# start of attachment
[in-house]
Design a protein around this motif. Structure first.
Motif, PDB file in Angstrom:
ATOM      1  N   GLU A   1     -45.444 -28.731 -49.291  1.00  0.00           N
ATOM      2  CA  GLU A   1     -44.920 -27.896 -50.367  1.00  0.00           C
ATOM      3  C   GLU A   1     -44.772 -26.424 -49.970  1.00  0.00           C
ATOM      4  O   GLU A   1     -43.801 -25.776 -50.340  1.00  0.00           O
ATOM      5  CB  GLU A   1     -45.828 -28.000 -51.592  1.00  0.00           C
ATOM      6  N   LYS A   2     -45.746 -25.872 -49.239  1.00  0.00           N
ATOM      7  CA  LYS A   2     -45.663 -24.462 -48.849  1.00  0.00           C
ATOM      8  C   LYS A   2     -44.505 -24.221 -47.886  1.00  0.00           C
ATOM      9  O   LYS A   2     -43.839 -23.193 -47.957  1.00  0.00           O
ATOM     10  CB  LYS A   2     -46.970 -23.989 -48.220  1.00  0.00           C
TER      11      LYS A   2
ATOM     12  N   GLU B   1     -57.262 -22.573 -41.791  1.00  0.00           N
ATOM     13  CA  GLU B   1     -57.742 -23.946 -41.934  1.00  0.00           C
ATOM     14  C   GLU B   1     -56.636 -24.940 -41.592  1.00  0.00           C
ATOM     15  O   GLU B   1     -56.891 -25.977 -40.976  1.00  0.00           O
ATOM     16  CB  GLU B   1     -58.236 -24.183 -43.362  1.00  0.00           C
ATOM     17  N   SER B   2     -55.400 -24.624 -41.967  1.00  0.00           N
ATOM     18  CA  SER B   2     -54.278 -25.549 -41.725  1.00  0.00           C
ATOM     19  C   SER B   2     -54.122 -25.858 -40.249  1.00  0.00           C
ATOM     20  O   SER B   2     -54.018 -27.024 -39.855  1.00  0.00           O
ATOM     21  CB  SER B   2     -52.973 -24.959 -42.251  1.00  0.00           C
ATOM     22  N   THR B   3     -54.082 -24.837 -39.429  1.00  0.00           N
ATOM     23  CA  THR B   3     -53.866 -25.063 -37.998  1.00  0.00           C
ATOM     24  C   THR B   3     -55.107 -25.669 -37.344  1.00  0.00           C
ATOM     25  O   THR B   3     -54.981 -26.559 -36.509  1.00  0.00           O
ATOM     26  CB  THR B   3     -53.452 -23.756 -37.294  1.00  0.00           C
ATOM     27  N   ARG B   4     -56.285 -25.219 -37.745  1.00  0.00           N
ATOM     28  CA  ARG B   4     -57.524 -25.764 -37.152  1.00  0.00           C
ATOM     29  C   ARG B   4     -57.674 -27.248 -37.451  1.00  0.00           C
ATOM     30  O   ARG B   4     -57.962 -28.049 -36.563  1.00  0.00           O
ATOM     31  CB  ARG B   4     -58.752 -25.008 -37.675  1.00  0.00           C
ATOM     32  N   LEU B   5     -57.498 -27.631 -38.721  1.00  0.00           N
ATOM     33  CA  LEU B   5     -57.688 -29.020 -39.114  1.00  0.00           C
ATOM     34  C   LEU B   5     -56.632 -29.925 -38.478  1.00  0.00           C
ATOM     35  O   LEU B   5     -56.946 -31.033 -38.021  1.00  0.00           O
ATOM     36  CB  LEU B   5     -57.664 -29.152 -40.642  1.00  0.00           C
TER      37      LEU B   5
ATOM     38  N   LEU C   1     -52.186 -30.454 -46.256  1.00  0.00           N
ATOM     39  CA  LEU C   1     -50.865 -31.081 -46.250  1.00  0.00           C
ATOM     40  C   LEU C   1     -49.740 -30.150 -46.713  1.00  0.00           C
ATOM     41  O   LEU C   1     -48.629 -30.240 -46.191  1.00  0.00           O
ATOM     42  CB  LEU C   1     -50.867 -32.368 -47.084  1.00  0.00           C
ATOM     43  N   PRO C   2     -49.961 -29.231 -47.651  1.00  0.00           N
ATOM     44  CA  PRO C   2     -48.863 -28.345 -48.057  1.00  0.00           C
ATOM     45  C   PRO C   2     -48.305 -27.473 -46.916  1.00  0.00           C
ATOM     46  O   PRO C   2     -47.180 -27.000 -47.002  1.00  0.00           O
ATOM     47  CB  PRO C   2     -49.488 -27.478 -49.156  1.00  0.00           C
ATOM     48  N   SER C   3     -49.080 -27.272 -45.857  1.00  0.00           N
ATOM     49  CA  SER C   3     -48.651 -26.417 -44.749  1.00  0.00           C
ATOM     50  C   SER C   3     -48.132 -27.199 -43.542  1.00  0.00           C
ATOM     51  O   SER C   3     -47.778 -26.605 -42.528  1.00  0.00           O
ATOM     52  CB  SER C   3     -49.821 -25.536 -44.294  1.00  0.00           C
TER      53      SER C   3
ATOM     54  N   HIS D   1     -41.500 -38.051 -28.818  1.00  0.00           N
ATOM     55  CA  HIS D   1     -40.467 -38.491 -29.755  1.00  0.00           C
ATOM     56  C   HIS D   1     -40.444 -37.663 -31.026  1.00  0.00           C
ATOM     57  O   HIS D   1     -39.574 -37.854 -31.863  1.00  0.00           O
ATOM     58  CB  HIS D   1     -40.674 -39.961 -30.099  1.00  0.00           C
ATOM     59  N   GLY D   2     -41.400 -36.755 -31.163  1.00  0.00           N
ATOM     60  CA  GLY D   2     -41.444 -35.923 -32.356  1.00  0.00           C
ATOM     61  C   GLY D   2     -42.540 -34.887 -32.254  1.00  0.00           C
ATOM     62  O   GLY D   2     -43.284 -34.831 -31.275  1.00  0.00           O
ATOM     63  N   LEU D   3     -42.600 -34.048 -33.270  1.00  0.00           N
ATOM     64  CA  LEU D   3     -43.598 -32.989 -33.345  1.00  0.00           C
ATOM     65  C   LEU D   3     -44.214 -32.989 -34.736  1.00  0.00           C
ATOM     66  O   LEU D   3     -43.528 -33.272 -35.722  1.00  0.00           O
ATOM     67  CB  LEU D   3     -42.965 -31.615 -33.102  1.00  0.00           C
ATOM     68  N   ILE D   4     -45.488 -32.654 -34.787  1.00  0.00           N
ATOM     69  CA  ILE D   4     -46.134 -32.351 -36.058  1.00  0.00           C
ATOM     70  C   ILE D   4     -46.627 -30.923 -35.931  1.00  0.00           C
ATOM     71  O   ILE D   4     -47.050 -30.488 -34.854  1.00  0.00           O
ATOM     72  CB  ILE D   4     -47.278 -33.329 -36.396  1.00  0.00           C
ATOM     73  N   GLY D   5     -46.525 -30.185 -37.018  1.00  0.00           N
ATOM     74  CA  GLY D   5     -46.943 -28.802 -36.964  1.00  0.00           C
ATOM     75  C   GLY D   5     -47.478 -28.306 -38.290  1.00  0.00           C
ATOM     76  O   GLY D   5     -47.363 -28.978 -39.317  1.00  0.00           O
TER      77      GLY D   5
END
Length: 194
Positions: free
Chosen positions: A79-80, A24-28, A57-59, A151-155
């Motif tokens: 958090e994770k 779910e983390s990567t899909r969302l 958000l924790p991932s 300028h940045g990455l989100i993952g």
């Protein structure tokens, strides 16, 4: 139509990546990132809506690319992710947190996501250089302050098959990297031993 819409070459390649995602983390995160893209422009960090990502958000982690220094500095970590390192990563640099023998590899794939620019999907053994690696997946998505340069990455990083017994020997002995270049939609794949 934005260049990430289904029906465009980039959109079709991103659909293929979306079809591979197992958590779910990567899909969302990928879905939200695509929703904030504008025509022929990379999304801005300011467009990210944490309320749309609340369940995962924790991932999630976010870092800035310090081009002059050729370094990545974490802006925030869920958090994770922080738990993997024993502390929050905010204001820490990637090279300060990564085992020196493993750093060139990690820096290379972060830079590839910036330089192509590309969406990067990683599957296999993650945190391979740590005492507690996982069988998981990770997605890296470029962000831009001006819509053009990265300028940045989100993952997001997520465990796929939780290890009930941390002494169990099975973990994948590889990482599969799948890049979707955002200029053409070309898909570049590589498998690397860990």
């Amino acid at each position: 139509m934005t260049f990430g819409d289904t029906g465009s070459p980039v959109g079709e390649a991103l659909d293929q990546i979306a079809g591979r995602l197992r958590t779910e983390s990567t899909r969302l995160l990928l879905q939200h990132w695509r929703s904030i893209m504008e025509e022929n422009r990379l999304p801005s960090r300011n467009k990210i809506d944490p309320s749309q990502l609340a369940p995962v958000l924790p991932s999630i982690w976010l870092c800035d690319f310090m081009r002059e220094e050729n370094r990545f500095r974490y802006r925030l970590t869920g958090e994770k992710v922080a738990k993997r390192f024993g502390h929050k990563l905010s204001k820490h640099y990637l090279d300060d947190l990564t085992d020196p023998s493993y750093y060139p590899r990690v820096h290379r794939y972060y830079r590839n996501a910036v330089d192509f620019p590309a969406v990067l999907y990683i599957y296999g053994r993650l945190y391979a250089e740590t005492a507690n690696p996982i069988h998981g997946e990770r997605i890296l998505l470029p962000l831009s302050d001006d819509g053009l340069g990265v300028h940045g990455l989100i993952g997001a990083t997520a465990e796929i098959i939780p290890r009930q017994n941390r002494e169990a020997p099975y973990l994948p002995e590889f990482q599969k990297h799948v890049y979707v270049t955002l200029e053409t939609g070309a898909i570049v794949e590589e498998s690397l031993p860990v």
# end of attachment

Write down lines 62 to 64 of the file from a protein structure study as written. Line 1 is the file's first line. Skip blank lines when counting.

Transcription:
ATOM     59  N   GLY D   2     -41.400 -36.755 -31.163  1.00  0.00           N
ATOM     60  CA  GLY D   2     -41.444 -35.923 -32.356  1.00  0.00           C
ATOM     61  C   GLY D   2     -42.540 -34.887 -32.254  1.00  0.00           C